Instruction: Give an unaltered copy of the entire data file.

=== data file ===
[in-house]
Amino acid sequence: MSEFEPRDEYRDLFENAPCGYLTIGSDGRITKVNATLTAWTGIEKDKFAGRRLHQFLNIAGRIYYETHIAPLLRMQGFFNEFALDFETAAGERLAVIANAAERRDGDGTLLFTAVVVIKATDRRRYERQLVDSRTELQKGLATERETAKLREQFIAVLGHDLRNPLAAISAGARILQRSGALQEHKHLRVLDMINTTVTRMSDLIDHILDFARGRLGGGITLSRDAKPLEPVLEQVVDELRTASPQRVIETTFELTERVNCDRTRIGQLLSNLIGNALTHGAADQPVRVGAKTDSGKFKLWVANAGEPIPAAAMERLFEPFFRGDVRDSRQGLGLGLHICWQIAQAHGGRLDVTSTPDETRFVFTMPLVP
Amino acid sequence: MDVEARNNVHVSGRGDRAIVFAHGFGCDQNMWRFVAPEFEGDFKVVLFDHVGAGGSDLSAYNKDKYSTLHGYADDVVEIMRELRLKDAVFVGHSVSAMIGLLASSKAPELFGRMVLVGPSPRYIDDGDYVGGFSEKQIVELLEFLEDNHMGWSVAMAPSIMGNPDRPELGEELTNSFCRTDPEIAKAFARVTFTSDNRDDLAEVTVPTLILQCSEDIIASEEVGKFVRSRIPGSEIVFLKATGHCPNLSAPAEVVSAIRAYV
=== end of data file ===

[in-house]
Amino acid sequence: MSEFEPRDEYRDLFENAPCGYLTIGSDGRITKVNATLTAWTGIEKDKFAGRRLHQFLNIAGRIYYETHIAPLLRMQGFFNEFALDFETAAGERLAVIANAAERRDGDGTLLFTAVVVIKATDRRRYERQLVDSRTELQKGLATERETAKLREQFIAVLGHDLRNPLAAISAGARILQRSGALQEHKHLRVLDMINTTVTRMSDLIDHILDFARGRLGGGITLSRDAKPLEPVLEQVVDELRTASPQRVIETTFELTERVNCDRTRIGQLLSNLIGNALTHGAADQPVRVGAKTDSGKFKLWVANAGEPIPAAAMERLFEPFFRGDVRDSRQGLGLGLHICWQIAQAHGGRLDVTSTPDETRFVFTMPLVP
Amino acid sequence: MDVEARNNVHVSGRGDRAIVFAHGFGCDQNMWRFVAPEFEGDFKVVLFDHVGAGGSDLSAYNKDKYSTLHGYADDVVEIMRELRLKDAVFVGHSVSAMIGLLASSKAPELFGRMVLVGPSPRYIDDGDYVGGFSEKQIVELLEFLEDNHMGWSVAMAPSIMGNPDRPELGEELTNSFCRTDPEIAKAFARVTFTSDNRDDLAEVTVPTLILQCSEDIIASEEVGKFVRSRIPGSEIVFLKATGHCPNLSAPAEVVSAIRAYV